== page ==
TOKYO (AP) - Confidence at major Japanese companies remained the same as three months ago, a closely watched Bank of Japan survey showed Monday, possibly reinforcing expectations that the central bank will raise interest rates in August.
The quarterly ''tankan'' survey, which polls more than 10,000 companies nationwide, showed that the sentiment index for large manufacturers stood at 23, unchanged from the previous survey in March. A similar index for large non-manufacturers was unchanged at 22.
The indexes subtract the percentage of companies saying business conditions are bad from the percentage of those saying they are good, so the higher the number the greater the portion of optimistic companies. Both results matched forecasts.
The yen's recent weakness and healthy profit growth has buoyed sentiment at Japanese companies.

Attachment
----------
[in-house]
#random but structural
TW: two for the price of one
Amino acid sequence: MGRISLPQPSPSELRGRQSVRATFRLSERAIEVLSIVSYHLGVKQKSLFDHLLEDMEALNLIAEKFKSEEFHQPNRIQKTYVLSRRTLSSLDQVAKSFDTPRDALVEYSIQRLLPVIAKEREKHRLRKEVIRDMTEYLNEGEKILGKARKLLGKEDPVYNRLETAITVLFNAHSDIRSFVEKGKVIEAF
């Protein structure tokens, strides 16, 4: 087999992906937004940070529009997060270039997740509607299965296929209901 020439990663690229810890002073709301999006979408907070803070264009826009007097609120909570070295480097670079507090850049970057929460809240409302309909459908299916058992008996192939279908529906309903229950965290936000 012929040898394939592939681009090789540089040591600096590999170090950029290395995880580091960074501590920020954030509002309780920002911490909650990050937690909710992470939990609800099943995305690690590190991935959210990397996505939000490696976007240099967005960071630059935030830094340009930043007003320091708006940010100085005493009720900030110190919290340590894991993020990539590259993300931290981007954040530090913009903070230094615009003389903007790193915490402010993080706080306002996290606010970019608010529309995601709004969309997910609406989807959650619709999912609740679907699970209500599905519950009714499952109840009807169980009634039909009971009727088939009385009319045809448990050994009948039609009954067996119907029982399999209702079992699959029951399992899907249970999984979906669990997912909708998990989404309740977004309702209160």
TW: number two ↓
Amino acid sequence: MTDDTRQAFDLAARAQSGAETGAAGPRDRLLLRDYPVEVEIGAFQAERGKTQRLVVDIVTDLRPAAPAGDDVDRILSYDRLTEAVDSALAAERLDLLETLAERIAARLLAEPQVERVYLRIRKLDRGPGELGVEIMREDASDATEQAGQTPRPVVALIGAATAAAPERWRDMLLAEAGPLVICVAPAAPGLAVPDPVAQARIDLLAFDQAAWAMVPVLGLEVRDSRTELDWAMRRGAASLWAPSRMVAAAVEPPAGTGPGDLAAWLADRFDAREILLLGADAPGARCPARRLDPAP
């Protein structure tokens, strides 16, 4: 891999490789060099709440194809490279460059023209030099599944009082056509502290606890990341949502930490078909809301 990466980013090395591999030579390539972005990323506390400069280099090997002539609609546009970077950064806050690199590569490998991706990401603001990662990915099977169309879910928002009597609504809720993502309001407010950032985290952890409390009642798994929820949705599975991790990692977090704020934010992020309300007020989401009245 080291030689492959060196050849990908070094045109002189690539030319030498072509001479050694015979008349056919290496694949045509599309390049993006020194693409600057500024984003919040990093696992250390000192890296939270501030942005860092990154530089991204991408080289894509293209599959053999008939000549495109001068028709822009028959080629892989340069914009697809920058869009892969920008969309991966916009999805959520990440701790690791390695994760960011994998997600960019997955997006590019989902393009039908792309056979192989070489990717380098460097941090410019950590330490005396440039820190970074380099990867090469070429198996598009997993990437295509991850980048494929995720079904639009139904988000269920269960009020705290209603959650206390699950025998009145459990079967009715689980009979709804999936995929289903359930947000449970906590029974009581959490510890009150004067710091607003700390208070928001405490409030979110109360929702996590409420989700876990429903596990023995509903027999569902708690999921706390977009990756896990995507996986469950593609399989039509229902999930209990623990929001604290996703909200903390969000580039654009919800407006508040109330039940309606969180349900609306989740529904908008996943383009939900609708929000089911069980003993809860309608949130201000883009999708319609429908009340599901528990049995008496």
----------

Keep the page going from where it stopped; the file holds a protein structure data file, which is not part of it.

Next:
The results confirm the government's view that the economy is steadily expanding, Chief Cabinet Secretary Yasuhisa Shiozaki said. But any interest rate decision, he added, would be left up to the BOJ.
''We think the BOJ will carry out policies that are in line with the government's economic policies, but that is their independent decision,'' Shiozaki told reporters.
The bank, which is technically independent from the government, last raised its benchmark interest rate in February, lifting it from 0.25 percent to 0.5 percent. A growing number of analysts and investors believe the central bank will raise rates again in August, after July's parliamentary elections are over.
The tankan survey also showed that major companies plan to increase boost capital investment by 7.7 percent over the fiscal year that started in April. That was higher than their initial estimate in March of a 2.9 percent increase.
The investment estimate is prone to rise sharply from March to June because companies during the period map out clearer business plans for the whole fiscal year.
And while the upward revision underscores Japanese companies remain eager to buy or renew plants and equipment to expand operations, it is also below the actual 10.0 percent increase in capital spending last fiscal year.
Japanese stocks ended flat, with the Nikkei 225 index inching up just 0.04 percent to 18,146.30 points.